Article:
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Infra Red Alarm System HELP.......

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Jordan_Zillen

New Member
Hey there Guys,

A while ago i managed to get my hands on a couple of old electronics magazines, "Electronics Africa", in it i found an on going article on how to build an infra red alarm system.(Picture attached)

Although it may be an old design, I have decided to try build this project, but have come into a few problems, and was wondering if any one could assist me? When the project is switched on, the relay is automatically triggered, therefore switching my siren on permanently(Broken beam).

I managed to get hold of most of the components listed, except for the BPW14(Photo-transistor) used in the receiver unit. My electronic outlets dont stock this item any more as it is an old component. With some digging, ive come across the newer components such as the TSOP1736, which reads a 36kHz signal... where as my circuit runs on a 1kHz signal. Now i've tried out a transmitter that sends a 36kHz signal, but this does not work? Would i need to re-design my control board to allow for the higher signal?

I've also tried using the PT202C(Photo LED), using the 1kHz signal. When using my multi-meter, i can see the transmitter communicating well with the PT202C, but still have no success in the actual circuit working. Ive checked and RE-checked all my wiring, and everything appears correct.

I dont get much of a signal out of my receiver, after passing through C3(470pF), which could be part of my problem? But also D2(IN4148) on the control board is suppose to rectify a negative voltage from C11(100nF)... which it does not do? Ive tested the diode, and it IS working.

How do i get T3 to switch on, in turn switching T4 off.... meaning an unbroken beam?
I have also made the necessary adjustments with my power supplies, to get the recommended voltages, and currents...

Please if any one can help me id be eternally grateful!!!!

thanks very much.
 

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audioguru

Well-Known Member
Most Helpful Member
The TSOP1736 IR receiver iC does not read a 36kHz signal. It reduces its gain when it receives continuous 36kHz pulses. It has high gain when it receives 36kHz bursts of pulses.
It is easy to make a circuit modulate the 36kHz pulses into bursts that have the number of pulses and the length of pause as described in the datasheet.

But the output of the TSOP is data, not a continuous DC level that is needed to make a "broken beam" detector.
 

dougy83

Well-Known Member
If you did want to use the tsop1736, you can modulate (e.g. turn it on & off) the 36khz going to LEDs. Also, the tsop1736 has all the smarts in it to do the filtering & detection of the IR signal, so your receiver cct is greatly simplified.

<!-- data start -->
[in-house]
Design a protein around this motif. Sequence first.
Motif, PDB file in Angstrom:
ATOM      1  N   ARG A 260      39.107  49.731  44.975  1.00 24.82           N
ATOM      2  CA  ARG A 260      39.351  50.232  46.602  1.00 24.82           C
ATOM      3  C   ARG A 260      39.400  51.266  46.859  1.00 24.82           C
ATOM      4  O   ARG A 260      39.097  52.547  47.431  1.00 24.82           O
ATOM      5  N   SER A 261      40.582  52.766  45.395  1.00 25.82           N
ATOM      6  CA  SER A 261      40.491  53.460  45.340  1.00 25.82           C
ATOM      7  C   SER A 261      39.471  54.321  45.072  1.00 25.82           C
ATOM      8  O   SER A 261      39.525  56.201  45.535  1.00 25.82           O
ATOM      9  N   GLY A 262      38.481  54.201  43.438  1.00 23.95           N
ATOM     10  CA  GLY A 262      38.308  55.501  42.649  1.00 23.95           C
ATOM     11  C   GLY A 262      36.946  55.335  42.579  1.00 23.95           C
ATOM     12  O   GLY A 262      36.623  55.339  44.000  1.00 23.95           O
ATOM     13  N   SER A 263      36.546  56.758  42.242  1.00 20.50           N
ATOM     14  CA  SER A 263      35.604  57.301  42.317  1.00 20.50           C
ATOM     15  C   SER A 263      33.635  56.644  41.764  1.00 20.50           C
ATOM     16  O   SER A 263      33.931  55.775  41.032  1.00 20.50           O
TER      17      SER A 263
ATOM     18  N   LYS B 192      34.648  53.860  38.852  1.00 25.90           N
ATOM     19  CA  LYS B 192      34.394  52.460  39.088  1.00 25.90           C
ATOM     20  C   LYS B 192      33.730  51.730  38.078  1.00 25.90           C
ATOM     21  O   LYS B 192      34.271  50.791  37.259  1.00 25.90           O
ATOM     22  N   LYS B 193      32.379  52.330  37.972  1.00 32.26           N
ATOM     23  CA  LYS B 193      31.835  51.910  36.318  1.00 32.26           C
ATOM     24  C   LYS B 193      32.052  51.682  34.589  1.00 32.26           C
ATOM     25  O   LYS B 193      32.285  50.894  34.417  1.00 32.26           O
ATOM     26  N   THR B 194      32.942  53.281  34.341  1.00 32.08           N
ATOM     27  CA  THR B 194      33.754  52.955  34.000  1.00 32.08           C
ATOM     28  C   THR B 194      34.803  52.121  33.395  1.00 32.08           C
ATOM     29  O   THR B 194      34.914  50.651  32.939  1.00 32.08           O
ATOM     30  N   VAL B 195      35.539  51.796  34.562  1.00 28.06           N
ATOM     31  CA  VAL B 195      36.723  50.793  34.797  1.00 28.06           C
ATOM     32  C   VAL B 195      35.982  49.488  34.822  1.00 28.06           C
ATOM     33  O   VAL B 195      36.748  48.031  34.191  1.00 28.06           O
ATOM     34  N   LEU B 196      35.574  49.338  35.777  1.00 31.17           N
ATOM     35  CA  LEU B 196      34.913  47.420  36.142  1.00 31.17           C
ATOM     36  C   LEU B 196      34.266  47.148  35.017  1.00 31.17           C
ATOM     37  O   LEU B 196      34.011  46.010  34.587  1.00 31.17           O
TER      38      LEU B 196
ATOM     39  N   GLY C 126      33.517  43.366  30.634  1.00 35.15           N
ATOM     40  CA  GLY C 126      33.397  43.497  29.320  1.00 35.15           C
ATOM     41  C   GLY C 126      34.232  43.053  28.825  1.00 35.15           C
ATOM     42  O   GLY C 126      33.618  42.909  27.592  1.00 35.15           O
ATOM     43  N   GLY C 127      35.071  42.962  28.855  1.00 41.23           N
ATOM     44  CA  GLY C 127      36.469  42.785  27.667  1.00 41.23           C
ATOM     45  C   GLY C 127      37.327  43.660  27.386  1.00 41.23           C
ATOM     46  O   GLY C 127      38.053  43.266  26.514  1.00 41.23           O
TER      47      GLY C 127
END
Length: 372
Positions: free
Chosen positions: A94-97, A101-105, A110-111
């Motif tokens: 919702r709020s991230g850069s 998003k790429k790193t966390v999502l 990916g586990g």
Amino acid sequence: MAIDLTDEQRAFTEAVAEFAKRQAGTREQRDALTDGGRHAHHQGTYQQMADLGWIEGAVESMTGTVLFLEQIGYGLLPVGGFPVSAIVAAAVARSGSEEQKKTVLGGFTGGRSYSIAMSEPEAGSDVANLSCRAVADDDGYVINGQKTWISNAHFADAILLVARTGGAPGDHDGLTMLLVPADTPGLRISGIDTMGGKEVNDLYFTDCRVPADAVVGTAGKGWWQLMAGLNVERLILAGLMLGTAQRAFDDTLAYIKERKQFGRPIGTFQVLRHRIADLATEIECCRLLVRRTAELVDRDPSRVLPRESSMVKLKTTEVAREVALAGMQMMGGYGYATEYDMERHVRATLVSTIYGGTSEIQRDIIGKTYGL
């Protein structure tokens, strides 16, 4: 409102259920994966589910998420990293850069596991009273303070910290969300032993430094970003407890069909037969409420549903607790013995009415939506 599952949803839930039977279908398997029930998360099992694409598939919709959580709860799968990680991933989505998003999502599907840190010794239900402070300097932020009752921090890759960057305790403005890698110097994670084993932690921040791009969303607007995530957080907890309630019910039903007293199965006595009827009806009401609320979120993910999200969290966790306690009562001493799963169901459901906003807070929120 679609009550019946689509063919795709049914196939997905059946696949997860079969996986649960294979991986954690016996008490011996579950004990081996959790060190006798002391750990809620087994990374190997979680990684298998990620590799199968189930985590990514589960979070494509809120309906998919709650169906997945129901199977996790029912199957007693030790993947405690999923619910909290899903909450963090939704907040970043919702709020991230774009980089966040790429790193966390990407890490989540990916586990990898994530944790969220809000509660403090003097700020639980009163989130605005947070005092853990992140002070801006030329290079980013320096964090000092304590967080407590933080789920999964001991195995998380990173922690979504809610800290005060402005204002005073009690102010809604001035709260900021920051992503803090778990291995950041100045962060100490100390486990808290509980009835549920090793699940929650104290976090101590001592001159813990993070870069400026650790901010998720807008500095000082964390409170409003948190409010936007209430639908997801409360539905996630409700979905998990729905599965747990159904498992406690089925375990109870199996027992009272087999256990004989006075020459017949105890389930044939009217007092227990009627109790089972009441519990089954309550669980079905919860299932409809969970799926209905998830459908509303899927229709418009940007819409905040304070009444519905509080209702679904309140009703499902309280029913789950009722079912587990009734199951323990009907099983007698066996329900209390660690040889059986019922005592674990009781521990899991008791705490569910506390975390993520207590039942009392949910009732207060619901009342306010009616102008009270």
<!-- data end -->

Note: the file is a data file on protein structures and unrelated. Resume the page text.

I've drawn up a quick sketch of how I might wire it. The top part is the transmitter, which should produce a 36kHz carrier (you may need to tune this), switched on/off at 500Hz. The bottom part is the receiver; the tsop.. outputs a stream of low pulses when the beam is unbroken which keeps resetting the 555 monostable, which in turn outputs a constant high. If the beam is broken for long enough for C3 to charge through R5, it triggers the next 555 which outputs a high level while the beam is broken and for a second after the beam is returned.
 

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Boncuk

New Member
Hi dougy,

I suggest to recalculate the timing values for R and C of your circuit.

The given values are correct for approximately half the frequency.

For timer X1 the values are C1=100n, R1=14.488KΩ

May be you observed only 1/2 cycle on the scope? :)

Boncuk
 

dougy83

Well-Known Member
Boncuk, quite right. The frequencies will be half the stated frequencies. So just divide the timing resistor values by about 2 for the transmitter cct.
 

Jordan_Zillen

New Member
hi, thanks for your suggestions guys, i will definately give it a try.

dougy, do you think the circuit modifications you supplied will work with my current set up of control panel?
 

dougy83

Well-Known Member
dougy, do you think the circuit modifications you supplied will work with my current set up of control panel?

The top circuit I supplied replaces the transmitter and the lower circuit replaces receiver & control boards. Feed the output of the lower right 555 into a 5V relay and the relay will operate when the beam is broken.

Note the receiver is now run from 5V due to the power requirements of the tsop1736. The transmitter can be run from whatever it was run from before.
 
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Boncuk

New Member
Boncuk, quite right. The frequencies will be half the stated frequencies. So just divide the timing resistor values by about 2 for the transmitter cct.

So you just calculate what frequency you will end up with for X3.
 

dougy83

Well-Known Member
I'm not sure if that was a question.. But if R2 is 1k8, the carrier is ~35.5kHz. If R1 is 12K, X1 output is ~600Hz
 
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